Ramesh Kapur says it’s time for Indian-Americans to repay Gavin Newsom

Ritu Jha-

While Democratic California Gov. Gavin Newsom flirted with a presidential run in 2024, he ultimately realized the party was set on a Joe Biden re-election. But time flies in presidential politics and 2028 will be here before we know it.

Massachusetts Democratic Party activist Ramesh Vishwanath Kapur, president of U.S. India Security Council Inc, and a member of the Biden Victory Fund National Finance Committee, says Newsom is indeed running for president, in 2028. 

Indica News caught up with Kapur recently after he held a fundraiser for Newsom’s Super PAC in Saratoga, California.

Indica: You helped raise $200,000 for the governor’s Campaign for Democracy. Your next fundraiser is July 7 in Boston, with others planned in New Jersey and Florida. What led you to host this fundraising event for Newsom, governor of a state on the opposite side of the country from Massachusetts?

Ramesh Kapur: He vetoed the Caste Bill for us, and now it’s our turn. It is very important that we support folks who take care of us. And that’s why I did a fundraiser for him. He is going to run for president and we are with him every step of the way because he is good to our community.

We are trying to work out and go to a dissenter’s backyard and do a fundraiser there. And then we also hope we can get him to meet supporters at a Hindu temple in Florida.

IN: Why do you want Newsom to visit temples?

RK: They go to other religious places like churches, gurdwaras, mosques, and synagogues, then why not a temple? We want to make sure that we create some competition with Kamala Harris. I would like to get Kamala Harris to go to four temples because she has the most credibility. If she can go to churches, mosques, and synagogues then why should we be defensive about Hinduism?

Florida is a battle state this time. She might win Florida, all the women are going to come out

and they’ll vote for the Democrats to make sure that abortion is legal in Florida. In Michigan, Pennsylvania, and Nevada there are temples all over, they can go to temples over there too to drum up support from our community.

I think he understands, he has already supported us by vetoing the Caste Bill. As the governor, he’s done whatever we asked him to do. Now it’s our time to deliver for him. And if he becomes the president, our community is going to be very well represented with him.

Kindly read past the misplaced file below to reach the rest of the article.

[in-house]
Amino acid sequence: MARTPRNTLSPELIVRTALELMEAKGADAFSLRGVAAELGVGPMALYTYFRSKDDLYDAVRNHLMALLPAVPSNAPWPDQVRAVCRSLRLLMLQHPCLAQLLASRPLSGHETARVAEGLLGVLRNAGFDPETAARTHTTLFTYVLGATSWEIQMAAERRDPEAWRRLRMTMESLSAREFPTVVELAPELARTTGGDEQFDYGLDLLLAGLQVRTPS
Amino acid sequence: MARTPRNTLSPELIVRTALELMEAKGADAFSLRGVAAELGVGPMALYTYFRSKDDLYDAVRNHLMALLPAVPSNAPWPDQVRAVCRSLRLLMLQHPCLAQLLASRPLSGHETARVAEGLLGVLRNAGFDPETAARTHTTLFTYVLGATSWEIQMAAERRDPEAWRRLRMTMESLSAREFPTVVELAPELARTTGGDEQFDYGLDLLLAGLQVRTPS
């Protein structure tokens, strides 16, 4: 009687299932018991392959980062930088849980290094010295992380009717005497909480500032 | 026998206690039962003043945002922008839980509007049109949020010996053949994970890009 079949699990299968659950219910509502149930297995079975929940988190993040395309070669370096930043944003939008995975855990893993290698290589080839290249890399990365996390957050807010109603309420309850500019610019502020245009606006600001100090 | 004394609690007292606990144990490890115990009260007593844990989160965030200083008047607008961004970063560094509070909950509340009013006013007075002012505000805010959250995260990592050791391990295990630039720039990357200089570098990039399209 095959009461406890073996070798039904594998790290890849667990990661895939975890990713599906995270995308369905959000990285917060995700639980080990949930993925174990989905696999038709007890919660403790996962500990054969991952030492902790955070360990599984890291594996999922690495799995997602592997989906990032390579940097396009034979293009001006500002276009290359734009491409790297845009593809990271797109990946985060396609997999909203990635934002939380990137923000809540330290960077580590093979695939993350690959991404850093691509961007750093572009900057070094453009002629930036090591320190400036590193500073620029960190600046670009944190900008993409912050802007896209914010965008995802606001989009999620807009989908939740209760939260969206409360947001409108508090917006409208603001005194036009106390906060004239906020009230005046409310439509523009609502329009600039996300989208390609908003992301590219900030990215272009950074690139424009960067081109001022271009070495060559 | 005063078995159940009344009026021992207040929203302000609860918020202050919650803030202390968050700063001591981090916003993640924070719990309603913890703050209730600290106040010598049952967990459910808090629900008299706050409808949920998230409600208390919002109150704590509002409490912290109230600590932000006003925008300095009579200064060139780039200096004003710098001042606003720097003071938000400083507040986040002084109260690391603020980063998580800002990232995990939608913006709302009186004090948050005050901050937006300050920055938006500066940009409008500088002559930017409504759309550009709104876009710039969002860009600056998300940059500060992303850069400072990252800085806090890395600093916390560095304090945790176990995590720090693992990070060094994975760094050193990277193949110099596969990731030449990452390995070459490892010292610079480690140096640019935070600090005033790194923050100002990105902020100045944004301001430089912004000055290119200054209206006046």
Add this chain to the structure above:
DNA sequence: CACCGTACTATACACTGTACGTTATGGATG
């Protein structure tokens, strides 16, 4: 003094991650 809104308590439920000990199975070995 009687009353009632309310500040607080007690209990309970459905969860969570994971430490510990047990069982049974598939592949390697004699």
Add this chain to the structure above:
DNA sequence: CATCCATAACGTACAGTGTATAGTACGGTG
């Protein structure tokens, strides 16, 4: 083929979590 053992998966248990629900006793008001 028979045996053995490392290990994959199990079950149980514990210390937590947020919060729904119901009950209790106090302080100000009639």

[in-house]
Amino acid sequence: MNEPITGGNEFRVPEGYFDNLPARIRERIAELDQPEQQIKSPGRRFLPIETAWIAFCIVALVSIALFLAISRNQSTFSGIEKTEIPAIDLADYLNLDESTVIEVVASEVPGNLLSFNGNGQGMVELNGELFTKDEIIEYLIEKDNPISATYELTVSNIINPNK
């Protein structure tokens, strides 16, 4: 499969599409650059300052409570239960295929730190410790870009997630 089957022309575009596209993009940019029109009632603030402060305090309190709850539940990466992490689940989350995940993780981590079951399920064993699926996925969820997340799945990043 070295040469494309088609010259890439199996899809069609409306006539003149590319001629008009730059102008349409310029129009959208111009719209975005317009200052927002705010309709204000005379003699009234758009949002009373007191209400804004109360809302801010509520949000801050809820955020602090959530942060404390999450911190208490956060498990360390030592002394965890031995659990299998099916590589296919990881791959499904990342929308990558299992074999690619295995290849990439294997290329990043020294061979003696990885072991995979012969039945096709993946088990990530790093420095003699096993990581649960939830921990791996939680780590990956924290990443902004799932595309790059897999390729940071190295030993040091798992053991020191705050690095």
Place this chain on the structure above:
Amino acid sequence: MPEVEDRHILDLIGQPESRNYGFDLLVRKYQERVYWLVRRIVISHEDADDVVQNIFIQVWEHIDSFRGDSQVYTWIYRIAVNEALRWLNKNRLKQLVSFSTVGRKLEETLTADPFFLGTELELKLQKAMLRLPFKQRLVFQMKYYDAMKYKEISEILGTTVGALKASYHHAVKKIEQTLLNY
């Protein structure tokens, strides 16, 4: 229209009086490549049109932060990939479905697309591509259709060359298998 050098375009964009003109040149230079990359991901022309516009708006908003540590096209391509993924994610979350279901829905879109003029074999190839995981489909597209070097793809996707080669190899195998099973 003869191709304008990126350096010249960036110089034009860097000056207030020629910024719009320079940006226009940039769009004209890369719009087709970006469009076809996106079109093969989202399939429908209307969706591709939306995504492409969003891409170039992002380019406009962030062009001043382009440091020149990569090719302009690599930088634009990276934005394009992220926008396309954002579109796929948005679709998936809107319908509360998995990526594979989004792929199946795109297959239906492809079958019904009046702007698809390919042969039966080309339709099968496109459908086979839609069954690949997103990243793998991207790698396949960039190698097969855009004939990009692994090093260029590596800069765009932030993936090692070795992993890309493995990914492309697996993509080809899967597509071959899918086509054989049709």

IN: What were some of the bigger issues you discussed with Newsom?

RK: We talked to him about artificial intelligence to get our community involved in it. The other thing I pointed out to him is that he has been to China, so he should also take a delegation to India. He has never been to India. We want him to go to India, and he’s agreed to our proposal. And the third thing we spoke to him about was his visit to a temple. We are working for it to happen in Florida.

IN: What are you hoping Newsom can do for Indian-Americans when it comes to AI?

RK: We have a lot of depth in artificial intelligence in our community, so I want him to take the leadership of that AI from California. We have to be careful as the AI can be abused too. One has to make sure that our community has a moral compass and we want to make sure that AI won’t be abused in the future. And I think we can do an excellent job in that since our religion is a very spiritual religion where the end does not justify the means. We can be a big asset to him in that facet of AI.

IN: What do you make of the state of the U.S.-India relationship, as seen through the lens of India’s recently concluded elections?

RK: Whenever politicians overreach, the electorate gives a sobering verdict. Now that the electorate of India has spoken, and told the politicians that at the end of the day, Muslims are also patriots. The verdict says that you overreached, it worked for a while and now it’s not working. All these ministers lost in the last elections. The only thing that saved the BJP and NDA was Odisha.

All nations have important issues like security. Likewise, India is critical to the United States’ national security. The recent election results in India will reflect on the bigger goals. It’s a good wake-up call for everybody. And at the end of the day, India is a democratic country with different cultures, food, and languages.

IN: Do you see Nikhil Gupta’s plot to kill Khalistan supporter Pannun as having any effect on U.S.-India relations?

RK: Sometimes we have to make sure that India is still a democracy. What the leaders do shows the way to the masses. They cannot act like Russia or Saudi Arabia. When you have friction with the populace or religion then the people at the lower level think they can do whatever they can without realizing that India is a democracy. But, the pendulum will swing back to the middle again. Hinduism needed a representation, there were 700 years of Muslim rule

and another 200 years of British rule during which no temples were built. There was a backlash in that regard and now it is moving back to the middle again. There was one extreme on one side and it is moving back again. India will move back again.”